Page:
Literary Networks and Cultural Collaborations:
From 19th Century to the Present Day
Birkbeck College, University of London on
29 October 2016
The event seeks to inspire new, creative ideas and discussion about ways in which we imagine, understand and position the network in relation to literature and other forms of cultural production.
Call for papers
Pierre Bourdieu’s work on an ‘expanded field of cultural production’ has done much to widen our understanding of the full range of cultural practitioners who ‘make’ a text, including publishers, patrons, reviewers, salonnieres as well as the writers themselves. The shift away from focusing on the work of the singular artist to a more collaborative understanding of cultural production has also served a recuperative, often feminist agenda that has helped to bring the works of obscure or “lost” cultural practitioners to light. For example, Gillian Hanscombe and Virginia L. Smyers in Writing for Their Lives (1987) explore the ‘hidden network’ of women who formed an alternative cultural alliance to the well-documented Bloomsbury Group in the first half of the twentieth century.
Yet there remains more work to be done to fully understand and conceptualise the strategies, technologies and spaces that enable cultural and literary networks to operate. How can we map and make sense of these relationships and the enabling forces that brought them into being? How have these changed over time? After the intense ferment of activity, collaboration and mutual service and reciprocity that is known to have characterized modernist relationships in the early 20th century, how do networks of writers and other cultural figures operate in today’s digital, hyper-global, fast-paced world?
With the rise of inter- and trans-disciplinarity as a site of study, the network provides an opportunity to bridge gaps between literary theory and exciting developments in cultural theory, anthropology, social science, medical practice, and more. We might therefore ask: what does Foucault’s theory of ‘constellations of power’ mean in the context of cultural networks? How can Bruno LaTour’s ‘actor-network-theory’ be used to re-interpret and re-assess modes of cultural collaboration? What new avenues of thought might Tim Ingold’s anthropological definition of ‘the meshwork’ take us down?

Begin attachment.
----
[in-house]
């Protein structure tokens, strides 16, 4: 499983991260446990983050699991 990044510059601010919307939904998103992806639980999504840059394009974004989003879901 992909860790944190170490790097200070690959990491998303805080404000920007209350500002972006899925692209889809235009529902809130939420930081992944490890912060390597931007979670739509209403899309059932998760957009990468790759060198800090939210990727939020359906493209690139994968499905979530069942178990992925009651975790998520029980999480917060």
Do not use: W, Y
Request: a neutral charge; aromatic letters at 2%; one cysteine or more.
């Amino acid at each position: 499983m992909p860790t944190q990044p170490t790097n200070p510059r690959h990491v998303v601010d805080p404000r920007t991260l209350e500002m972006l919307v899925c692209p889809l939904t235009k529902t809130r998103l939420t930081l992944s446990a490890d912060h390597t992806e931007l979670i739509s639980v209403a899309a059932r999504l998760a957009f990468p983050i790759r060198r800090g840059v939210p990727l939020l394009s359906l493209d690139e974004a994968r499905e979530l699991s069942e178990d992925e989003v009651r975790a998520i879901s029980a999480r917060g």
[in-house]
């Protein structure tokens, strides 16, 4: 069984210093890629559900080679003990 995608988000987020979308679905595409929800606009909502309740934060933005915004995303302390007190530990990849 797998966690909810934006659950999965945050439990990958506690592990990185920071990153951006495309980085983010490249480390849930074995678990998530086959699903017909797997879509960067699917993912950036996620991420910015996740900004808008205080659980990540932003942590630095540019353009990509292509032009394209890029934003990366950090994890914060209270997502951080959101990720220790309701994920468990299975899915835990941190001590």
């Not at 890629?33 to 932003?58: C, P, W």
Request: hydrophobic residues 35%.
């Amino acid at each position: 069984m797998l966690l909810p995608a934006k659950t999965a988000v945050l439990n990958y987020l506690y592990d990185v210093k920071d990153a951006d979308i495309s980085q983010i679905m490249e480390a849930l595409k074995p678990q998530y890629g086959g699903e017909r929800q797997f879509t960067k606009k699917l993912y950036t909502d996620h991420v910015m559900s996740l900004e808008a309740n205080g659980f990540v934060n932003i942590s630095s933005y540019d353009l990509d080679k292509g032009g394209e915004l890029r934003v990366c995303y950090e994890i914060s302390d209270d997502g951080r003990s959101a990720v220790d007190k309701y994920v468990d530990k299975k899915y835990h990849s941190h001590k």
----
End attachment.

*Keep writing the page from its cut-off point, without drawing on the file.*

We welcome papers that offer new perspectives on well-known networks as well as those that uncover unusual or less well-known alliances, relationships and cultural constellations. Topics may include, but are certainly not limited to:
- Network theory as applied to literature – social, anthropological, scientific, cultural and political
- Representations of “networked thinking” in literature
- Clinical networks in the field of medical humanities
- Mutual influence, reciprocity and support between groups or writers or cultural practitioners
- The cultural work of collaboration and promotion
- The cultural significance of friendships
- The politics of patronage
- Salon and coterie culture
- Epistolary networks
- Postcolonial networks
- Digital Humanities and the network
- Technologies, spaces and geographies that enable networks
- National and transnational networks
How to submit
For this one-day conference at Birkbeck, we invite 300 word proposals for previously unpublished 20-minute papers that inspire new thinking about how we imagine, understand and position the network in relation to literature and other forms of cultural production.
Proposals should include a short biography and be sent via e-mail to firstname.lastname@example.org
Submission deadline: Friday 10th June 2016
Conference organisers: Leonie Shanks and Laura Cushing-Harries
This call for papers was original posted by the British Association for Modernist Studies.